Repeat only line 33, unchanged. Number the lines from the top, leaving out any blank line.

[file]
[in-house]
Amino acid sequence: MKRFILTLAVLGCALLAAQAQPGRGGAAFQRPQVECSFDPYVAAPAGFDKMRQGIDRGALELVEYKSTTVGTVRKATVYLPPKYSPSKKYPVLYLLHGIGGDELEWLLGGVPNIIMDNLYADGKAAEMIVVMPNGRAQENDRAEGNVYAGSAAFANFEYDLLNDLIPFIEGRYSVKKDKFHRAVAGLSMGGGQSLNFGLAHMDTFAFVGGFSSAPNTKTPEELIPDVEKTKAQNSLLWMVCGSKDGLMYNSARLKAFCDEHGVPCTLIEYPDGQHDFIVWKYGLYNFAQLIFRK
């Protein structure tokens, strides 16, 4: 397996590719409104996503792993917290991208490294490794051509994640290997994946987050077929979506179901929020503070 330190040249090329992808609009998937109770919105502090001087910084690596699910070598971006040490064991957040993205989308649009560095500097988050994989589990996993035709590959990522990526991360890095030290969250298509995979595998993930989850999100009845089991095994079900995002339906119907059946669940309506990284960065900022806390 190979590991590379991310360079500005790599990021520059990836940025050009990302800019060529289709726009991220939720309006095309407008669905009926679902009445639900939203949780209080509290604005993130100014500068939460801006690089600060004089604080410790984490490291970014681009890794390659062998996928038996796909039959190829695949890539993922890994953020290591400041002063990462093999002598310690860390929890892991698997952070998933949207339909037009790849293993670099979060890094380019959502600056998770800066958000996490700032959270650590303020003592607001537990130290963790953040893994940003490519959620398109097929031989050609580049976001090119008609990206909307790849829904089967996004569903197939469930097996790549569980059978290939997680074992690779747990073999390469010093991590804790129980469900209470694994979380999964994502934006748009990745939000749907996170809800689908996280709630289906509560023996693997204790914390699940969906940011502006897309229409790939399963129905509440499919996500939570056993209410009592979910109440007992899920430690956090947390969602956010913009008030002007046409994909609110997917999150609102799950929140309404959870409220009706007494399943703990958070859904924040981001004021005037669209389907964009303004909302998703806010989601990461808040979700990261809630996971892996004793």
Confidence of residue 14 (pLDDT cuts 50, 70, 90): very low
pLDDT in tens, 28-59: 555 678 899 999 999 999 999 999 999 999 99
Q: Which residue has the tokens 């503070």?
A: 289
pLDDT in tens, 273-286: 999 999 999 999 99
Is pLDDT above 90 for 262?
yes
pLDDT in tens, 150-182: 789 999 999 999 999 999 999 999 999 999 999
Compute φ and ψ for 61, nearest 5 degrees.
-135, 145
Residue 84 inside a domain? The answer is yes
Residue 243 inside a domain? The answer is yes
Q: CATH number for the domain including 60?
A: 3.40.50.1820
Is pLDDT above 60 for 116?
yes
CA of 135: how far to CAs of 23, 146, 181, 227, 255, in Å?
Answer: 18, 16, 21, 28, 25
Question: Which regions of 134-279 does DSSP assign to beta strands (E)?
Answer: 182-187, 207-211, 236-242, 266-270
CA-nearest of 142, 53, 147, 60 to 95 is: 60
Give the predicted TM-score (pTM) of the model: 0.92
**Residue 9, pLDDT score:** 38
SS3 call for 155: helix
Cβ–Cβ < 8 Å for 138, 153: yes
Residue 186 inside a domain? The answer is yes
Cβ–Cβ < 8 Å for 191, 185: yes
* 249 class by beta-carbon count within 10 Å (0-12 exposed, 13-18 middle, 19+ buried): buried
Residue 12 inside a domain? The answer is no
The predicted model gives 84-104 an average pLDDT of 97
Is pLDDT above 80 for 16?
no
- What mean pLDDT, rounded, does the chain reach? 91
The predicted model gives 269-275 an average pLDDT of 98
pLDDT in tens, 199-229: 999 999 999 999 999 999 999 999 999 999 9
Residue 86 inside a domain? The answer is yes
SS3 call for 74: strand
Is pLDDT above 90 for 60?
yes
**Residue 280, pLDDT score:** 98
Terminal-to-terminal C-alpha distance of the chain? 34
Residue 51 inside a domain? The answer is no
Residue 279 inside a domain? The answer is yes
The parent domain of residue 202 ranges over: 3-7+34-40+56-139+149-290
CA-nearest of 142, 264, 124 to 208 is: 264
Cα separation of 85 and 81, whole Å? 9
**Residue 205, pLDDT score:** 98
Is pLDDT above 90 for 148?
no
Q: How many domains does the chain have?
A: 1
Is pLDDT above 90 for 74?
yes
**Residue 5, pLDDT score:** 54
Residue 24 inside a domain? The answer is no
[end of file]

The predicted model gives 84-104 an average pLDDT of 97